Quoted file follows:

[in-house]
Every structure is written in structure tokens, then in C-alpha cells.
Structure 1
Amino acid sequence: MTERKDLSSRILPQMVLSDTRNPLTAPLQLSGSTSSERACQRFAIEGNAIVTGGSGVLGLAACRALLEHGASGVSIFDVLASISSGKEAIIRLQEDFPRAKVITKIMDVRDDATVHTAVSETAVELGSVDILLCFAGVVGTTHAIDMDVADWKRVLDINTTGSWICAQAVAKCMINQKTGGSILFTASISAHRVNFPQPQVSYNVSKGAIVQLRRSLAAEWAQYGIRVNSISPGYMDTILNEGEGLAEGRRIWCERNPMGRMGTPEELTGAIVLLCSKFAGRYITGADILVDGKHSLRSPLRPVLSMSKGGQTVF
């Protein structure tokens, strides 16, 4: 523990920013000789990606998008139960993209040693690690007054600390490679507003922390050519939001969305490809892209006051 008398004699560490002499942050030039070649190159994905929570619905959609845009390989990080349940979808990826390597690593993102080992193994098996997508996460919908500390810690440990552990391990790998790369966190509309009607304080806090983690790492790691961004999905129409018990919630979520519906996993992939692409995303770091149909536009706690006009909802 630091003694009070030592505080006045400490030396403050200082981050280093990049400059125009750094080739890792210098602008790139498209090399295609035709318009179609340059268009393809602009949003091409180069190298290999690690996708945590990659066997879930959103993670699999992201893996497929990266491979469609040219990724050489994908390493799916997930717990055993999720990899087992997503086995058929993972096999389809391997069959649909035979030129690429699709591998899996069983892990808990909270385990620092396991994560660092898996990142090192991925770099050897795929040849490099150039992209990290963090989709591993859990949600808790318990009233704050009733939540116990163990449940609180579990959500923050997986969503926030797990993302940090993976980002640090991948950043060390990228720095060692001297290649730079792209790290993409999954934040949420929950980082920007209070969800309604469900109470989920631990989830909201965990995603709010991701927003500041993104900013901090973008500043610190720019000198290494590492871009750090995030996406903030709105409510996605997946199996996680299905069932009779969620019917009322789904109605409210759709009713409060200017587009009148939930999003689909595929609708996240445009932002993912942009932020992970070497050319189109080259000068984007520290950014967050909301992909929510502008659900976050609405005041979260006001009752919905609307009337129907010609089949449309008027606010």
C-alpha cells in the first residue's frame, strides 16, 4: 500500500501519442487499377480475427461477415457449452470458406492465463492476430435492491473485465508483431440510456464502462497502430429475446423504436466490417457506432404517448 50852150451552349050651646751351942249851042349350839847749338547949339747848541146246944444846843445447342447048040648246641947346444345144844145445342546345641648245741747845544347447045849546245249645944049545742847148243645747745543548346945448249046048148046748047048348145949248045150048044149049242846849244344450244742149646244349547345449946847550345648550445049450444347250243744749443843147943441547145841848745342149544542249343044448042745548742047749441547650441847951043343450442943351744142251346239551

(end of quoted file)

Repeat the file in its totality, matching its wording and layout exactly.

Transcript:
[in-house]
Every structure is written in structure tokens, then in C-alpha cells.
Structure 1
Amino acid sequence: MTERKDLSSRILPQMVLSDTRNPLTAPLQLSGSTSSERACQRFAIEGNAIVTGGSGVLGLAACRALLEHGASGVSIFDVLASISSGKEAIIRLQEDFPRAKVITKIMDVRDDATVHTAVSETAVELGSVDILLCFAGVVGTTHAIDMDVADWKRVLDINTTGSWICAQAVAKCMINQKTGGSILFTASISAHRVNFPQPQVSYNVSKGAIVQLRRSLAAEWAQYGIRVNSISPGYMDTILNEGEGLAEGRRIWCERNPMGRMGTPEELTGAIVLLCSKFAGRYITGADILVDGKHSLRSPLRPVLSMSKGGQTVF
């Protein structure tokens, strides 16, 4: 523990920013000789990606998008139960993209040693690690007054600390490679507003922390050519939001969305490809892209006051 008398004699560490002499942050030039070649190159994905929570619905959609845009390989990080349940979808990826390597690593993102080992193994098996997508996460919908500390810690440990552990391990790998790369966190509309009607304080806090983690790492790691961004999905129409018990919630979520519906996993992939692409995303770091149909536009706690006009909802 630091003694009070030592505080006045400490030396403050200082981050280093990049400059125009750094080739890792210098602008790139498209090399295609035709318009179609340059268009393809602009949003091409180069190298290999690690996708945590990659066997879930959103993670699999992201893996497929990266491979469609040219990724050489994908390493799916997930717990055993999720990899087992997503086995058929993972096999389809391997069959649909035979030129690429699709591998899996069983892990808990909270385990620092396991994560660092898996990142090192991925770099050897795929040849490099150039992209990290963090989709591993859990949600808790318990009233704050009733939540116990163990449940609180579990959500923050997986969503926030797990993302940090993976980002640090991948950043060390990228720095060692001297290649730079792209790290993409999954934040949420929950980082920007209070969800309604469900109470989920631990989830909201965990995603709010991701927003500041993104900013901090973008500043610190720019000198290494590492871009750090995030996406903030709105409510996605997946199996996680299905069932009779969620019917009322789904109605409210759709009713409060200017587009009148939930999003689909595929609708996240445009932002993912942009932020992970070497050319189109080259000068984007520290950014967050909301992909929510502008659900976050609405005041979260006001009752919905609307009337129907010609089949449309008027606010």
C-alpha cells in the first residue's frame, strides 16, 4: 500500500501519442487499377480475427461477415457449452470458406492465463492476430435492491473485465508483431440510456464502462497502430429475446423504436466490417457506432404517448 50852150451552349050651646751351942249851042349350839847749338547949339747848541146246944444846843445447342447048040648246641947346444345144844145445342546345641648245741747845544347447045849546245249645944049545742847148243645747745543548346945448249046048148046748047048348145949248045150048044149049242846849244344450244742149646244349547345449946847550345648550445049450444347250243744749443843147943441547145841848745342149544542249343044448042745548742047749441547650441847951043343450442943351744142251346239551